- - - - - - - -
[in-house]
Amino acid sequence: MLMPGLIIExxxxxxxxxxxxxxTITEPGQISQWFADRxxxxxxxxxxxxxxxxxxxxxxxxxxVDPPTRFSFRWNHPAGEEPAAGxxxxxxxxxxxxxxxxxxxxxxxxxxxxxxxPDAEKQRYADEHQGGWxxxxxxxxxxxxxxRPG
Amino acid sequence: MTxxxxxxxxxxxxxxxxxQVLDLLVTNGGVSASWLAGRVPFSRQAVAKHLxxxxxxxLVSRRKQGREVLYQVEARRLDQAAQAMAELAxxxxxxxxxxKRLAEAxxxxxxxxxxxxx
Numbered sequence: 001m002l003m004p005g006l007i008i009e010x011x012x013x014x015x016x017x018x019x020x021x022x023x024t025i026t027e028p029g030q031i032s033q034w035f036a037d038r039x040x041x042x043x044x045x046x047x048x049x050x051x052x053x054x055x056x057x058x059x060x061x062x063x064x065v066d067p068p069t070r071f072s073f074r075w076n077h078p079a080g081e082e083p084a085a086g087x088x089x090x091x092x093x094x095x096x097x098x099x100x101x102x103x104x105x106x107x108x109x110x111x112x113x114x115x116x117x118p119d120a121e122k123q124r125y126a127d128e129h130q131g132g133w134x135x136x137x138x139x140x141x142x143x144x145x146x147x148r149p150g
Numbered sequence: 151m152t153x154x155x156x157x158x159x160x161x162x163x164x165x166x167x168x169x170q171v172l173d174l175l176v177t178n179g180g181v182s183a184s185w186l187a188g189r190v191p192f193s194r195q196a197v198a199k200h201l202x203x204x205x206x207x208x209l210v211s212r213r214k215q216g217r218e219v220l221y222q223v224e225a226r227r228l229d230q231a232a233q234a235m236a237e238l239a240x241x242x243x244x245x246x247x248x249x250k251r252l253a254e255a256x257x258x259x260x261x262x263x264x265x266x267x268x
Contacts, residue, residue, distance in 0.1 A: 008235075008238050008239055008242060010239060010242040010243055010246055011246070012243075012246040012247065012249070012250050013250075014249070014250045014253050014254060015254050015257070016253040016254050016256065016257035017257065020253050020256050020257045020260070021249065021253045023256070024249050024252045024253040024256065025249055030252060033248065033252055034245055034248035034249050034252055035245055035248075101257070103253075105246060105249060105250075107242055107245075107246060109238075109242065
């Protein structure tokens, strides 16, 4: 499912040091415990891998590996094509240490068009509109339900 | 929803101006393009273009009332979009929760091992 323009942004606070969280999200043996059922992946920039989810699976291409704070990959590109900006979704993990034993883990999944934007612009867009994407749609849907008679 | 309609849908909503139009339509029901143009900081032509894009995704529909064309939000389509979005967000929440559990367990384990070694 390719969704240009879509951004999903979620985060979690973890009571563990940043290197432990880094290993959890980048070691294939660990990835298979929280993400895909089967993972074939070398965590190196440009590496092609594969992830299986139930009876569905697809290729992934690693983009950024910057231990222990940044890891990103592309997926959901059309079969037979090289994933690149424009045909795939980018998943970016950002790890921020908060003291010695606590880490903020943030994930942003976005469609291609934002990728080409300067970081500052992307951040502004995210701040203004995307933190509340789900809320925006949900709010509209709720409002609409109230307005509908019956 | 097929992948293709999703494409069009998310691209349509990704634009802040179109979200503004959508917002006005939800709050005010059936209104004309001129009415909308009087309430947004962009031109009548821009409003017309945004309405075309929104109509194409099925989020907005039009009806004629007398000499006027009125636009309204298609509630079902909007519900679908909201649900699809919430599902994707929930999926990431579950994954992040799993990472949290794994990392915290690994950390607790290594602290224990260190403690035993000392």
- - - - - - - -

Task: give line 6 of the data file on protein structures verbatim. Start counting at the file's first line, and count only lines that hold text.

Contacts, residue, residue, distance in 0.1 A: 008235075008238050008239055008242060010239060010242040010243055010246055011246070012243075012246040012247065012249070012250050013250075014249070014250045014253050014254060015254050015257070016253040016254050016256065016257035017257065020253050020256050020257045020260070021249065021253045023256070024249050024252045024253040024256065025249055030252060033248065033252055034245055034248035034249050034252055035245055035248075101257070103253075105246060105249060105250075107242055107245075107246060109238075109242065